IMF Executive Board Approves US$336 Million Exogenous Shocks Facility Arrangement for Tanzania and Completes Fifth Review Under the Policy Support InstrumentPress Release No. 09/190
May 29, 2009
The Executive Board of the International Monetary Fund (IMF) today approved a 12-month, SDR 218.79 million (about US$336 million) arrangement for Tanzania under the Fund’s Exogenous Shocks Facility (ESF) to cushion the country from the effects of the global economic crisis. The first disbursement amounting to SDR 159.12 million (about US$244 million) is immediately available.
The IMF financing will bolster Tanzania’s foreign reserves and support its balance of payments, which have been undermined by a 26-percent fall in the price for cotton, a major export, and by a severe downturn in tourism and foreign direct investment.
The ESF is designed to provide policy support and financial assistance to low-income countries facing exogenous but temporary shocks. It is available to countries eligible for the Poverty Reduction and Growth Facility (PRGF)—the IMF's main instrument for financial assistance to low-income countries—but that do not have a PRGF-supported program in place. Financing terms are equivalent to a PRGF arrangement and are more concessional than under other IMF emergency lending facilities.
The IMF’s Executive Board also completed the fifth review under Tanzania’s Policy Support Instrument (PSI), in which Fund staff work with the authorities to design effective economic programs without a formal financing arrangement.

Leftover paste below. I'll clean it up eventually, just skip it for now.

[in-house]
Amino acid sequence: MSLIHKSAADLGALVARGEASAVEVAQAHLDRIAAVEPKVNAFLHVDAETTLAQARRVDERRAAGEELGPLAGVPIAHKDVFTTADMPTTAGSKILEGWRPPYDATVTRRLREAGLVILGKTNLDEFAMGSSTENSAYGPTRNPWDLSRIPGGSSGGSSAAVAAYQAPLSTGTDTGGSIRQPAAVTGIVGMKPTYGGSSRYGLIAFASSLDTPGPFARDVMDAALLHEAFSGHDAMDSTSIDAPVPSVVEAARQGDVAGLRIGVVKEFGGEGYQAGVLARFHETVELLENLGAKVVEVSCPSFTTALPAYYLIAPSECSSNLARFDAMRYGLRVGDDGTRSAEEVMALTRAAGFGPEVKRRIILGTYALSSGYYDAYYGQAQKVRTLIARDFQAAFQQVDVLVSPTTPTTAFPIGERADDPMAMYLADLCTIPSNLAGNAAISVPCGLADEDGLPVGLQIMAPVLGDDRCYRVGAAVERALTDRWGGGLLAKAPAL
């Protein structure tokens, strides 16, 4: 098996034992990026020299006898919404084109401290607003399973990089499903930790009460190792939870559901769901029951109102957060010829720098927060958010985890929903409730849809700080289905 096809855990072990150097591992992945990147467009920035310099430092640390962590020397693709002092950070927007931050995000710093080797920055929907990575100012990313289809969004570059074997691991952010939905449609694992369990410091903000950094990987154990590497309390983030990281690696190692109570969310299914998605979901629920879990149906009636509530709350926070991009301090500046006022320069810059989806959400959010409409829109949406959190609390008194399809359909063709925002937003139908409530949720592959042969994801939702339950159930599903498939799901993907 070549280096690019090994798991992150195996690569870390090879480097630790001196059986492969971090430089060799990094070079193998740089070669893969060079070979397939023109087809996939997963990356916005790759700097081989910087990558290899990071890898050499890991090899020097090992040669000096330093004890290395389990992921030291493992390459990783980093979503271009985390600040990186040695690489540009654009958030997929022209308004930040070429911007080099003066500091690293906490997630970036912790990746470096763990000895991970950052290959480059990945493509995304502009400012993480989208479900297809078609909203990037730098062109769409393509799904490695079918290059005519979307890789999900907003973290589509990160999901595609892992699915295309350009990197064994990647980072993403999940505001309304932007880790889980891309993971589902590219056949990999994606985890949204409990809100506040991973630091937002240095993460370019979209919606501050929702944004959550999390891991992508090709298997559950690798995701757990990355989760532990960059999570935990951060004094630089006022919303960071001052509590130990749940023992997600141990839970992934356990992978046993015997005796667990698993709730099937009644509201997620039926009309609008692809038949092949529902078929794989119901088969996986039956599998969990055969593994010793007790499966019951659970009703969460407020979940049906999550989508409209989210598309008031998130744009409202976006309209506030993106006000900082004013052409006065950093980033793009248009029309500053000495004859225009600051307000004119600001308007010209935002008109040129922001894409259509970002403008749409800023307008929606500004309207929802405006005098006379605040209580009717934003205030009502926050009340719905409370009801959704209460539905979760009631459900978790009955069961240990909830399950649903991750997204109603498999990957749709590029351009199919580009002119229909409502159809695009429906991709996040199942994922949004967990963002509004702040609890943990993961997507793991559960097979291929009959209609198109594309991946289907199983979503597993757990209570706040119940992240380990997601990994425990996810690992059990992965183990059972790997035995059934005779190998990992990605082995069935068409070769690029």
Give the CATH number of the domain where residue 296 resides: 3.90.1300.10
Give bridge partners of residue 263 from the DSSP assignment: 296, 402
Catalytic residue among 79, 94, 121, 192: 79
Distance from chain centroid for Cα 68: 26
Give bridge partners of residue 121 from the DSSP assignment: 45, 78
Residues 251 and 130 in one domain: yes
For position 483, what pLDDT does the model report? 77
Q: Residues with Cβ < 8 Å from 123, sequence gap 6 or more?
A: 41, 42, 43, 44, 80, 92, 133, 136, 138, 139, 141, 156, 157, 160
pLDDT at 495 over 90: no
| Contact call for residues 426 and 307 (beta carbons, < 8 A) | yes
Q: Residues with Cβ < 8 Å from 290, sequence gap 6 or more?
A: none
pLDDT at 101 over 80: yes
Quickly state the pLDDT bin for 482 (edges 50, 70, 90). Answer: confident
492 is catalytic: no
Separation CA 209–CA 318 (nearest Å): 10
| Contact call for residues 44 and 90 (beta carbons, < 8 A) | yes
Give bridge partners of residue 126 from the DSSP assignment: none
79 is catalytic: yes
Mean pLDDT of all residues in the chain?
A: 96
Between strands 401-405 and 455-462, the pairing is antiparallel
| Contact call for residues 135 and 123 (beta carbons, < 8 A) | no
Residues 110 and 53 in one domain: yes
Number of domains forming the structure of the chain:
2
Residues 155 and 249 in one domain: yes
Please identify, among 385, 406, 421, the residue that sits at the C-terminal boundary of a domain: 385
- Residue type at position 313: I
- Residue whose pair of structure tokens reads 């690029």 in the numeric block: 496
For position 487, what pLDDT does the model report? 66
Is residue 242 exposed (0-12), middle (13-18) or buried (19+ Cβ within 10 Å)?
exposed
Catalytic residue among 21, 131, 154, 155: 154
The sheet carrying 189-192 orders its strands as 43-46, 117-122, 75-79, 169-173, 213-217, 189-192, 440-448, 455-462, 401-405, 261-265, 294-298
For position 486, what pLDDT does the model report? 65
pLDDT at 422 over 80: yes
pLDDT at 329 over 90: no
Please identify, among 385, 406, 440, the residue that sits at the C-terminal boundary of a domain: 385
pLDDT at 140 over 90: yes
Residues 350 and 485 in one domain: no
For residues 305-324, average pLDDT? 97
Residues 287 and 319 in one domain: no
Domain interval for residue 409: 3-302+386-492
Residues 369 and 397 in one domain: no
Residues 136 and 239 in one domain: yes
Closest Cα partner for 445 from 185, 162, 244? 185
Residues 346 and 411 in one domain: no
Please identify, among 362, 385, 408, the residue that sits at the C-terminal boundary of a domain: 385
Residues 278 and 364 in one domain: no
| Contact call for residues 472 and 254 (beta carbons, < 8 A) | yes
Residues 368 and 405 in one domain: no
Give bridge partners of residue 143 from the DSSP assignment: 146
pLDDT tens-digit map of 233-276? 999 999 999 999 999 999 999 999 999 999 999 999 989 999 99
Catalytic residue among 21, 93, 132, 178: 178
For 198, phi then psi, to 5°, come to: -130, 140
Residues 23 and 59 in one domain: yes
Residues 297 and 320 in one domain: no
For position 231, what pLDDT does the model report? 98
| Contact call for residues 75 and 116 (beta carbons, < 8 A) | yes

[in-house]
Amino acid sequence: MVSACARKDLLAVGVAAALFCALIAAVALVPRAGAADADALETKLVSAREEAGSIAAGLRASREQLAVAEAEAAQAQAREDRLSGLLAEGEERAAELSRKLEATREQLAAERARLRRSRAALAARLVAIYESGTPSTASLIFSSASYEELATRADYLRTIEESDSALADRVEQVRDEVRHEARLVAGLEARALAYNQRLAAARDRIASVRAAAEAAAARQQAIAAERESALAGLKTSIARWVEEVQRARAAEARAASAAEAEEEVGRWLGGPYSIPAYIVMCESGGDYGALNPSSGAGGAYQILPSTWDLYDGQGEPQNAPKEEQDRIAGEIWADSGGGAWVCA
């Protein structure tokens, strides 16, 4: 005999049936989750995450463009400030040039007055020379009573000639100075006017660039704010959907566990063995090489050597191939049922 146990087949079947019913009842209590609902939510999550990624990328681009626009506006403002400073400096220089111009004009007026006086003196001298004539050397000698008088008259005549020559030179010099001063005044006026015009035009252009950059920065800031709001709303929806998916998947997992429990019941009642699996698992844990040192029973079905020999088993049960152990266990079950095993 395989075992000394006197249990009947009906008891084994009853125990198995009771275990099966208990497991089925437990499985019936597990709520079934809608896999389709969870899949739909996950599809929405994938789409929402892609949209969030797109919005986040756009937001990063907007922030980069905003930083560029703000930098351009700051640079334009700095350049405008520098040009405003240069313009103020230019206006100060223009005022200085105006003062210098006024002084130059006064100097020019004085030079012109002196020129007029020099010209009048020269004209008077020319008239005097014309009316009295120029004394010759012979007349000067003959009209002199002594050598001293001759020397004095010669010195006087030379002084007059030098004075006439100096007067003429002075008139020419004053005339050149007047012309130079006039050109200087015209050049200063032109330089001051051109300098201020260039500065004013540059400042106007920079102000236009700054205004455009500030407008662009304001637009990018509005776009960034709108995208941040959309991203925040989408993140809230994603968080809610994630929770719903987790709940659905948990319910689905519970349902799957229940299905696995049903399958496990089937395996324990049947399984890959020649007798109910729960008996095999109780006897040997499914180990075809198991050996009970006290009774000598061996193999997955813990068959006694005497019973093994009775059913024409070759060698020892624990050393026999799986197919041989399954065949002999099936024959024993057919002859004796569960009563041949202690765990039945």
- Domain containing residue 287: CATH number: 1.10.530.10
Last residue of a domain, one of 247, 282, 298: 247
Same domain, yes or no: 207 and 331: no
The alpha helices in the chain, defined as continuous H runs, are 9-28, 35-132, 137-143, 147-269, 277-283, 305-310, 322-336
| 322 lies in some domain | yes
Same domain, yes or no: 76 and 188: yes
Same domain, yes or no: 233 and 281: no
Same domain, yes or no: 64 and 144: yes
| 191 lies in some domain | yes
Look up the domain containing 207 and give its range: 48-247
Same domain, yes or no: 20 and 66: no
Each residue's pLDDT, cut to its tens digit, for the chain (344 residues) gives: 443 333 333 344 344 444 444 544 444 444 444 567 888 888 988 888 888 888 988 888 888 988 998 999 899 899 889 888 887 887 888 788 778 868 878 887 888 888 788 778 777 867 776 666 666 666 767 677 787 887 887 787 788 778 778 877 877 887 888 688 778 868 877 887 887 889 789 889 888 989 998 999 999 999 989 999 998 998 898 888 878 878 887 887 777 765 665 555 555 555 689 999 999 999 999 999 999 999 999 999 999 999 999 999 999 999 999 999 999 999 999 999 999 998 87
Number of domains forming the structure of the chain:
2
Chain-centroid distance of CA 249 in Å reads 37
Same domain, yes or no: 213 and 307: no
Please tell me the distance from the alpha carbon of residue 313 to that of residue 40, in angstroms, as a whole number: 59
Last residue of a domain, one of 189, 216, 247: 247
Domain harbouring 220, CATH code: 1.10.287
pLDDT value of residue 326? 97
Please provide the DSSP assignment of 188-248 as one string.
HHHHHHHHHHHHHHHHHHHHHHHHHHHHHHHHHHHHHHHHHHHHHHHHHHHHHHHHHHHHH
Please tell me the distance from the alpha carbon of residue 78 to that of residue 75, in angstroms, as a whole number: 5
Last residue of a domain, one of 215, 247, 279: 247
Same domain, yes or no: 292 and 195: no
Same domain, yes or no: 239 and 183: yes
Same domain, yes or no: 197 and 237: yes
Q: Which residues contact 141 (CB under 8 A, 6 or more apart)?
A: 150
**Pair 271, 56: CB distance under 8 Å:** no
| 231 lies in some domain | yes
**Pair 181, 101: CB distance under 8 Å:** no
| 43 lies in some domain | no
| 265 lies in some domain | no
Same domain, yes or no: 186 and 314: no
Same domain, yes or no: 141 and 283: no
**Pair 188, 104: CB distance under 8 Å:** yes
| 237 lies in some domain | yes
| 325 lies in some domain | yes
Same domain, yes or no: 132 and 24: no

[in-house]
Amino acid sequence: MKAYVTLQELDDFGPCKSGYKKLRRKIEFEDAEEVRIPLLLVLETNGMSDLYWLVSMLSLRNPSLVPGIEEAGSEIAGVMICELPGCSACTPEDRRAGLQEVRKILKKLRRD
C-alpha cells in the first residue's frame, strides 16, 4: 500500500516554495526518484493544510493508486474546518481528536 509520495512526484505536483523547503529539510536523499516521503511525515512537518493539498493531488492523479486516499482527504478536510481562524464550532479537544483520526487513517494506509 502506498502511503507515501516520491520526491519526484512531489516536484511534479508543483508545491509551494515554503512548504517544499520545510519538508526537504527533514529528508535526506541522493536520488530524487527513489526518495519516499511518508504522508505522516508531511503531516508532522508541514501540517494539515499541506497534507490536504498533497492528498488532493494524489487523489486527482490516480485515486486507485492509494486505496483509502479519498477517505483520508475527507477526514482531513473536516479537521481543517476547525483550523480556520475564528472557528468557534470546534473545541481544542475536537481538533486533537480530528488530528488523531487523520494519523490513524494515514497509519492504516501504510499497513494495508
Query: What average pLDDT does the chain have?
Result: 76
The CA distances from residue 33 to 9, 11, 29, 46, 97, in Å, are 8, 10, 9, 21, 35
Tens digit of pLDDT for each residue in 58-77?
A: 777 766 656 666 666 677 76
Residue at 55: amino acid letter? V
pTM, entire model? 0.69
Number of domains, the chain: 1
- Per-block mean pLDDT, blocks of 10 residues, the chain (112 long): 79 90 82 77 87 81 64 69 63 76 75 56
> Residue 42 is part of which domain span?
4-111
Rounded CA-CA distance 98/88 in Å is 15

Following the Executive Board’s discussion of Tanzania, Mr. Murilo Portugal, Deputy Managing Director and Acting Chair, stated:
“Tanzania’s track record of sound macroeconomic policies and structural reforms over the past decade has helped to sustain high rates of economic growth with generally low inflation. However, despite some important gains, progress in poverty reduction has been mixed.
“The global financial crisis is having a serious impact on Tanzania. Real GDP growth is expected to fall significantly in 2009, as key sectors of the economy, including exported cash crops and tourism, face a severe downturn and cutbacks in foreign investment weaken aggregate demand. The authorities’ expansionary fiscal and monetary policies in the current situation are appropriate to cushion the effects of the crisis. But short-term policies must not jeopardize Tanzania’s hard-won economic stability, which requires containment of inflationary pressures and long-term fiscal sustainability.
“The banking sector is sound, but vulnerabilities remain in some areas. Banks are well capitalized and non-performing loans remain at a low level. But the economic slowdown will raise banks’ credit risk, and the steps already taken to raise supervisory standards need to be reinforced, especially for the fast-growing pension funds.
“Raising Tanzania’s medium-term growth potential must remain paramount. The ongoing preparations for the update of the national poverty reduction strategy (MKUKUTA) scheduled to be completed in early 2010 are timely and welcome. Key priorities include raising agricultural productivity and improving Tanzania’s ailing infrastructure, which will require significant financing. Concessional financing remains the preferred funding source, consistent with medium-term debt sustainability. Strong public financial management will be critical to ensuring value for money and to avoiding the re-accumulation of unsustainable debt,” Mr. Portugal said.